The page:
Now, the majority of the knives Hunter makes are chef knives ordered through his website.

“Meat cleavers have been huge,” Hunter said. “I have done tons of meat cleavers.”

However, he does make a variety of other items, including hunting knives, copper bracelets, oyster shuckers and fire pokers.

“That’s one of the things I have been fascinated with is all of the things you can do with metal, how you can move it and shape it, and it doesn’t hurt it — but you gotta keep it hot,” Hunter said.

For the chef knives, Hunter orders 1084 high carbon steel.

“(It) does well with heat treat, and it holds a really good edge,” Hunter said.

He cuts out a general shape of the knife in order to decrease the work he has to do with the hammer.

After the steel is heated in the forge to the needed temperature, Hunter starts to hammer it into a longer, thinner piece.

Hunter continues working with the metal until he gets the exact shape he wants. He then heats the steel up again and dips it in a container of oil to strengthen and complete the blade. Hunter said this process, called heat treating, and quenching the blade, is the most difficult part of any knife.

However, the knife is still not ready to be used. It needs to be sharpened and a handle added.

When completing orders, sometimes people have specific requests for the type of handle they would like.

Some knives have handle pieces added to either side of the tang (back part of the knife behind the blade), while others hide the tang inside the handle. Hunter said some knives have a piece between the blade and the handle called a guard. Hunter uses a five-minute epoxy to keep the hidden tang handle in place.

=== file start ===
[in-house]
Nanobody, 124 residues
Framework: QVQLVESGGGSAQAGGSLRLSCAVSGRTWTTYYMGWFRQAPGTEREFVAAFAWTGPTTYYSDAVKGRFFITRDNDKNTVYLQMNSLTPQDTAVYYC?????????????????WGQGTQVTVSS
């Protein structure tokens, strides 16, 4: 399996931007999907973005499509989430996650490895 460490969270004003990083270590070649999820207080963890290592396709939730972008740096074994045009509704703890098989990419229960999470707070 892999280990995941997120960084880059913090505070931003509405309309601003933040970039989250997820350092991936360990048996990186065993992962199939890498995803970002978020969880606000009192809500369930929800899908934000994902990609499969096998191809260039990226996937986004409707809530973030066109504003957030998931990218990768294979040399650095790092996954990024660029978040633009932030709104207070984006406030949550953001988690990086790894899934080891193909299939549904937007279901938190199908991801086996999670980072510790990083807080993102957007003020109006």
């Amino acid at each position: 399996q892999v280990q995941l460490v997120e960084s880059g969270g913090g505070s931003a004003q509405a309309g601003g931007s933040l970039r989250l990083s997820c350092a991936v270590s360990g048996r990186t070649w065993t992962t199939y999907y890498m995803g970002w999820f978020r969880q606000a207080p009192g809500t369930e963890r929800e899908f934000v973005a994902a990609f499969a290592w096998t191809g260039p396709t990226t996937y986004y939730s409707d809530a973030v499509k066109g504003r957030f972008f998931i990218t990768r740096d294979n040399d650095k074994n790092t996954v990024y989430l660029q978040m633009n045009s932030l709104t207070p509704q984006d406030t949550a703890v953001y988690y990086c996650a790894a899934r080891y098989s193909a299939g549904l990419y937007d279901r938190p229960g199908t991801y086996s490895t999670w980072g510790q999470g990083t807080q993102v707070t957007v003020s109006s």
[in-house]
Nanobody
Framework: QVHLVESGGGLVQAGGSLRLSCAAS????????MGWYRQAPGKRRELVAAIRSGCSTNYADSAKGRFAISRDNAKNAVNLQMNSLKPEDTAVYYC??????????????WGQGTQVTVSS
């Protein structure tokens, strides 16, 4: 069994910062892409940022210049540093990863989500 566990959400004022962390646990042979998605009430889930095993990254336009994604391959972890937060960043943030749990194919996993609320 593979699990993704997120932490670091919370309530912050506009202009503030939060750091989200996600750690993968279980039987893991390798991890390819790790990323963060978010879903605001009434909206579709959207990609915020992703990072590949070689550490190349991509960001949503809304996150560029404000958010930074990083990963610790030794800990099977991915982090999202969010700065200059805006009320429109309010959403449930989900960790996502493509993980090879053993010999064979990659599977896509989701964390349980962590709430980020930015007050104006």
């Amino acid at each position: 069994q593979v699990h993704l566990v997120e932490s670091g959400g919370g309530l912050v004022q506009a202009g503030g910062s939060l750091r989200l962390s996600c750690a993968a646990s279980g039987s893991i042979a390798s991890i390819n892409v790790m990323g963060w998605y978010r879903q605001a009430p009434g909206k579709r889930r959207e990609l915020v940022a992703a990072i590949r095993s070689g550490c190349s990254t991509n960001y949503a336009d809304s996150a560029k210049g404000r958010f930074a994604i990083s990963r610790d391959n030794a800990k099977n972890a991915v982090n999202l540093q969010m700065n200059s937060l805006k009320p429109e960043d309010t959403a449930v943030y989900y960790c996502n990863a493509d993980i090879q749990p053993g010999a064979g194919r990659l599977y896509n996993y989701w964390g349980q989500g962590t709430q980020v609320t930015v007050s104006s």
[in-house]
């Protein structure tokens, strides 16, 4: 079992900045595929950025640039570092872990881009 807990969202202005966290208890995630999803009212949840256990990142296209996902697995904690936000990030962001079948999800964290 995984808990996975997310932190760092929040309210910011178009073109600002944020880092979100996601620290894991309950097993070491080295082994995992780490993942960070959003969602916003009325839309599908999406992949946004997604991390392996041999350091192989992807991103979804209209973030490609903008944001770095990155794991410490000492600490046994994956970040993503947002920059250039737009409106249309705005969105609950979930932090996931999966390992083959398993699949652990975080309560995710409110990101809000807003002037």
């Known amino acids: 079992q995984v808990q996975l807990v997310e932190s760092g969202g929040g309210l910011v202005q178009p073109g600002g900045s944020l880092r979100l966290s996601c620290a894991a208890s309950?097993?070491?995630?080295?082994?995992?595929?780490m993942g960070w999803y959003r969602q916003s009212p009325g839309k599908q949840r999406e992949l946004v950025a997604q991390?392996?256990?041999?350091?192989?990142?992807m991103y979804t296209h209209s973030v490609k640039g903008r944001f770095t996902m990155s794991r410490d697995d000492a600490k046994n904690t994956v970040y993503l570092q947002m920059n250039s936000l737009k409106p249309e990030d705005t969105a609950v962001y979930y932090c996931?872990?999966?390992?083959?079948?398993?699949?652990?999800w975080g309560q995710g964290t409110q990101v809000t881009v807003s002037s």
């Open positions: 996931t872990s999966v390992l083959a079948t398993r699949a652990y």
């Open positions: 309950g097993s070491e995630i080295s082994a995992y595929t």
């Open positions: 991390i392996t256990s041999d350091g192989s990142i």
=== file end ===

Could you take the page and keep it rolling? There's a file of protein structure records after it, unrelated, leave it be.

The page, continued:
“It’s a great hobby, a wonderful hobby and for me it has turned into I think a good job opportunity for me,” Hunter said.

Word of mouth has helped his business grow. With this growth comes plans for more equipment, including a better grinder with different attachments for getting the edge refined and sharpening his knives.

“Some of your more expensive grinders it is a little easier to do some of your finer, more intricate grinds and things with it,” Hunter said, commenting that small details can be difficult with his current equipment.

While competing on Forged in Fire, Hunter expanded his skills to include Damascus, a technique of forging different pieces of steel together to create layers and patterns in the metal that can be seen on the finished product. This was his first time attempting the technique. While he has done this style again, Hunter said a better forge and a power hammer would be needed to do this style on a consistent basis.

“I would love to reach the point that where everything I do is Damascus,” Hunter said. “It’s beautiful.”

Sometimes Hunter will be in various stages on multiple knives at the same time.

A typical chef knife can take a week to 10 days for him to complete.

“I don’t think I ever realized when I first started just how much goes into it,” Hunter said.

Each knife is stamped with SH, Hunter’s initials, before it is finished.